Stacy L. Smith, an associate professor at the Annenberg School for Communication and Journalism and the study’s lead author, was cautiously celebratory of the findings. While the latest numbers are up, she noted, women still represented an average of only about 23 percent of performer credits on all surveyed songs since 2012. (Some years that figure has been as low as 17 percent.)
“For the second year in a row, the percentage of women artists on the popular charts has increased,” Dr. Smith said in a statement. “This is a notable milestone and worthy of celebration. However, it is still important to recognize that there is room to grow. Women filled less than one-quarter of artist roles across all 12 years examined, and these figures are still far from representing the 50 percent of women in the population and the music audience.”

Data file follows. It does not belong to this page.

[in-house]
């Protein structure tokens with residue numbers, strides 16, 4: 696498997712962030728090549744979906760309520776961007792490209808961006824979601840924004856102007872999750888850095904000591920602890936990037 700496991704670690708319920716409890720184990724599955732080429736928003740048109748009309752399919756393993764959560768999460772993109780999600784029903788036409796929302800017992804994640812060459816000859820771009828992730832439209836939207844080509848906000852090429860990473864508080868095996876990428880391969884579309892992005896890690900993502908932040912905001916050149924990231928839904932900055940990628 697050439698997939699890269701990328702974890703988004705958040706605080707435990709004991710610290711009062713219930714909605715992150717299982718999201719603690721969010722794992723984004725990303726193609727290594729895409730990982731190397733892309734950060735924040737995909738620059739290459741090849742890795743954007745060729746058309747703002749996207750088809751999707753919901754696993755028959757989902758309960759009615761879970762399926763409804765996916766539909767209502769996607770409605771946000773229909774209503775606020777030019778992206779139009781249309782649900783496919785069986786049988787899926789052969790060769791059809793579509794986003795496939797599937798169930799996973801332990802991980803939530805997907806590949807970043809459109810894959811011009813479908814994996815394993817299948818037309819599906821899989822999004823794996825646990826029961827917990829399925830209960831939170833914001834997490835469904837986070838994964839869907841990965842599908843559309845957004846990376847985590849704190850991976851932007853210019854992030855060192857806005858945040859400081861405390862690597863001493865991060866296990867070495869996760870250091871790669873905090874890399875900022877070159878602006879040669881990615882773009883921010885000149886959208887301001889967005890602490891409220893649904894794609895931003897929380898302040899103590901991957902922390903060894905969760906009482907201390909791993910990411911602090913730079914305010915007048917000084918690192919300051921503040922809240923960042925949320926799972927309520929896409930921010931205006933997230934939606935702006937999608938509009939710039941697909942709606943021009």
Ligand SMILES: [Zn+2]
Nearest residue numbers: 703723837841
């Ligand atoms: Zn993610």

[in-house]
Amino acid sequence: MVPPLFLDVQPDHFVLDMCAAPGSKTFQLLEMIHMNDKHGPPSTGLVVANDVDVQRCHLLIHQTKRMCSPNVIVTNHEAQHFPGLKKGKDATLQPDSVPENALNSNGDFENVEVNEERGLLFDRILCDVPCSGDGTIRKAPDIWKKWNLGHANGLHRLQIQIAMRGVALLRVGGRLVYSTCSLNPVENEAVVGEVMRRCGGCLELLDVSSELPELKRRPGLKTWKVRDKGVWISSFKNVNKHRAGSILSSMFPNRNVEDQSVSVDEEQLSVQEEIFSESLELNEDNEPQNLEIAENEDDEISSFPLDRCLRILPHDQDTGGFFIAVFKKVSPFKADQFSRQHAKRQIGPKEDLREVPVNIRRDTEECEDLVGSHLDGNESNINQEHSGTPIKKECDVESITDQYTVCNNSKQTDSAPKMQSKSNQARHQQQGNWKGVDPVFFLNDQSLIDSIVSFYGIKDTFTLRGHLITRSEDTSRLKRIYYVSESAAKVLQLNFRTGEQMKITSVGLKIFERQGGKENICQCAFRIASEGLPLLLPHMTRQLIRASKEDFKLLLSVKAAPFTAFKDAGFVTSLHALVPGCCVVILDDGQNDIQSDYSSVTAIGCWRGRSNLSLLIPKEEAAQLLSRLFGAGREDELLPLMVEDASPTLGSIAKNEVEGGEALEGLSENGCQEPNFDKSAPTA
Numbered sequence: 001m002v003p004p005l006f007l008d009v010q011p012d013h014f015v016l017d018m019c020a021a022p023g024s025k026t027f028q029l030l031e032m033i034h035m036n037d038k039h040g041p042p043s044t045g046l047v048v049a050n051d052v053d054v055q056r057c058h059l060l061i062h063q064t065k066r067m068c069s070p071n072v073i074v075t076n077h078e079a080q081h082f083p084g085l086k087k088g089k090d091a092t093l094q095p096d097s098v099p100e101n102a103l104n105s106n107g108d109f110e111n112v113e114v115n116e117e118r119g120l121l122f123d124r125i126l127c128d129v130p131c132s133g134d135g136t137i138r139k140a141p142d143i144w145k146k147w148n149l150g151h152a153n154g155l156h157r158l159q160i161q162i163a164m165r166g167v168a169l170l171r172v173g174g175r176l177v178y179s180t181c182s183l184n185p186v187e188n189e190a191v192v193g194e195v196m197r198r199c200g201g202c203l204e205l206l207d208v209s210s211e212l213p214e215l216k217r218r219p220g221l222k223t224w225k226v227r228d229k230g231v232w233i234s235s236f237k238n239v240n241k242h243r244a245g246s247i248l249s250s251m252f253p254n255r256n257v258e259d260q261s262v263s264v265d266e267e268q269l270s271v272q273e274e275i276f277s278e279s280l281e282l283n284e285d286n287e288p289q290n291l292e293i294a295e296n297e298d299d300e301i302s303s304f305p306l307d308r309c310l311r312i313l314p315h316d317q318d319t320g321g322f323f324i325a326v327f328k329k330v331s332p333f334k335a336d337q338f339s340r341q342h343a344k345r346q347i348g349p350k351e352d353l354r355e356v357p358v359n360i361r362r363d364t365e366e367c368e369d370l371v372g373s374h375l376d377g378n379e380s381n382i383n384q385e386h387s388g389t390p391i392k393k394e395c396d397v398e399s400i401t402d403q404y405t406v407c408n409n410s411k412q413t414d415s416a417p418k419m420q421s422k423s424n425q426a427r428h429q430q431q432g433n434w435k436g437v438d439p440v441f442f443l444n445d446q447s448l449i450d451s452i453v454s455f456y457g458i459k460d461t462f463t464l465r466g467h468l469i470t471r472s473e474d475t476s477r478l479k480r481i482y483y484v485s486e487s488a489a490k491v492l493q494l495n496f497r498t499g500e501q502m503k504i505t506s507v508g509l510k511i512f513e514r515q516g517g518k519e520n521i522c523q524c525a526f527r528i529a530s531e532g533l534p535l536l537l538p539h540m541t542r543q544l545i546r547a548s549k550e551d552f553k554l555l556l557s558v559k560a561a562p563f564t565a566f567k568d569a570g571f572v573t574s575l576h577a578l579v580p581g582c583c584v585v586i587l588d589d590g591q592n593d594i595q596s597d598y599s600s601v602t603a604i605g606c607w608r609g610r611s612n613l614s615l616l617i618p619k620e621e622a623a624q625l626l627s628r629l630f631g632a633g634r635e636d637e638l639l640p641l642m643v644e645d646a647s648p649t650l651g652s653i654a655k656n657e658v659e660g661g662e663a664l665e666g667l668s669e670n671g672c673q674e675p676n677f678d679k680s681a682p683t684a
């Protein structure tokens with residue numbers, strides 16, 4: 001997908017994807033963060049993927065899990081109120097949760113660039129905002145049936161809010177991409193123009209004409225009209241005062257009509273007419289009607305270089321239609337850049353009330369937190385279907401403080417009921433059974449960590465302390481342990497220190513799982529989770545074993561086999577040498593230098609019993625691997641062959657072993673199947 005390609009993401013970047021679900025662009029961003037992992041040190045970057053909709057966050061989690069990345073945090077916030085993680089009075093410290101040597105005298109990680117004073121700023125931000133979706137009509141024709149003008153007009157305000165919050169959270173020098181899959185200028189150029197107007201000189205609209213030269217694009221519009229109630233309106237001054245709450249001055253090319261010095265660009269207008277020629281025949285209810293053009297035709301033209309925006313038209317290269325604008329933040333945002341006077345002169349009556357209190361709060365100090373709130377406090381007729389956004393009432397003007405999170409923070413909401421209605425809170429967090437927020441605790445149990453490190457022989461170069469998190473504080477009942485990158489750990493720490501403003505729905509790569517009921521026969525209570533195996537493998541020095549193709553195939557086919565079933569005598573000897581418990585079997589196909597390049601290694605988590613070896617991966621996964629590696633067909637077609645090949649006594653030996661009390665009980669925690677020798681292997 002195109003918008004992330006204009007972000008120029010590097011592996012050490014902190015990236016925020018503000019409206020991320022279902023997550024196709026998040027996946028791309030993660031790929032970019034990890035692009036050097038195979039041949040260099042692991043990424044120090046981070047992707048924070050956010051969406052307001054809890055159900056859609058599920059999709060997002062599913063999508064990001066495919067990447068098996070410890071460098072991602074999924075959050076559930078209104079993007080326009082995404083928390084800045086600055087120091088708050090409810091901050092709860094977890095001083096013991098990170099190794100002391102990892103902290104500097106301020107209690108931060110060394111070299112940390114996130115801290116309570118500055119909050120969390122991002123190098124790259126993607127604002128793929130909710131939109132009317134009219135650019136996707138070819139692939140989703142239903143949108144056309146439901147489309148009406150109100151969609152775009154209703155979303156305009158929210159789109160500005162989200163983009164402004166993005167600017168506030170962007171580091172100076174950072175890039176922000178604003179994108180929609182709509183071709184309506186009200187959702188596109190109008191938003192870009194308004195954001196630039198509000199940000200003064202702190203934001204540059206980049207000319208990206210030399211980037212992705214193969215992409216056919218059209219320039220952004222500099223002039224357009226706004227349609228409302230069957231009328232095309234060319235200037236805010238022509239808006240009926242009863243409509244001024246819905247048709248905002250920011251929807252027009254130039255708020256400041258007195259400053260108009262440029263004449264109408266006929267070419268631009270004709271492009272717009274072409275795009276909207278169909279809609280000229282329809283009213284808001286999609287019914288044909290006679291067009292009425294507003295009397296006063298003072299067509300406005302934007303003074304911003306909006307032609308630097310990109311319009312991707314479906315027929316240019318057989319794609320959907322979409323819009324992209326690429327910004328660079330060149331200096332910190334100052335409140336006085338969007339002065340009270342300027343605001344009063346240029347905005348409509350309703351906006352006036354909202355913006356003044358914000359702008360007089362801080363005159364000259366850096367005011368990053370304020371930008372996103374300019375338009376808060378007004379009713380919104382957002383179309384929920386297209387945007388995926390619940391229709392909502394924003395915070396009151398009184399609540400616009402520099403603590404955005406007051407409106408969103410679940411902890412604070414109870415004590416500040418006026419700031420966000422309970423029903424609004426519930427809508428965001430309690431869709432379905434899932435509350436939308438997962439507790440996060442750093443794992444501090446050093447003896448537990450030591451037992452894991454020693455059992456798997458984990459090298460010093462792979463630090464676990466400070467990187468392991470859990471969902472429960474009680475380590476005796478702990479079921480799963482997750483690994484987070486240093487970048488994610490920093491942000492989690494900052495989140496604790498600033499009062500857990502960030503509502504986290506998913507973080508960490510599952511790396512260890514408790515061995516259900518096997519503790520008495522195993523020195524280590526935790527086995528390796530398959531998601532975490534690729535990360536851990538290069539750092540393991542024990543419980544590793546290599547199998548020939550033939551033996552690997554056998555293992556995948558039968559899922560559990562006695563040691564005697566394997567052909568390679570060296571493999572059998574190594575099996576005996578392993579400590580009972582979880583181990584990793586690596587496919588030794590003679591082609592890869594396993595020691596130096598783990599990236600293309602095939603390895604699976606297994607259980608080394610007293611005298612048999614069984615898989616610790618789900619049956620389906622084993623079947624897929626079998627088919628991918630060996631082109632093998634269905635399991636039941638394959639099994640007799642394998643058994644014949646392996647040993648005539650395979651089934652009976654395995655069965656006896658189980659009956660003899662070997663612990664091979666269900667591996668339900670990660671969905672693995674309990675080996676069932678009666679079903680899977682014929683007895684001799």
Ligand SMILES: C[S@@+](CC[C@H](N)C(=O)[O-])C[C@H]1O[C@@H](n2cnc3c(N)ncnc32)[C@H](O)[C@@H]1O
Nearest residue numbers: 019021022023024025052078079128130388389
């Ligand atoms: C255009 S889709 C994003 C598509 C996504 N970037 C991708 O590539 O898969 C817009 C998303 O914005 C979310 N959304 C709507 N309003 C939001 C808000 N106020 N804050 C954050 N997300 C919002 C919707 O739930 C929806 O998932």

In some ways, the study, which received funding from Spotify, reflects an extraordinary year for women in pop music. Artists like Taylor Swift, Beyoncé and SZA dominated the charts and the news media, and Greta Gerwig’s film “Barbie” became a pop-culture touchstone with a hit-chocked soundtrack that went to No. 2.
At the 66th annual Grammy Awards on Sunday, female artists dominate the nominations in the major categories. SZA leads with nine nods and will face almost entirely female competition, including Swift, Miley Cyrus, Olivia Rodrigo, Billie Eilish, Lana Del Rey and the band boygenius. (Only one man, Jon Batiste, was nominated as a performer in the three most prestigious categories of album, record and song of the year.)
Among the study’s other findings, the growth in women’s songwriting credits last year was “due almost exclusively” to a rise in the number of songwriters who are women of color — 55 individuals in 2023, compared with 33 the year before and 14 in 2012. They included SZA, Beyoncé, PinkPantheress and Ice Spice.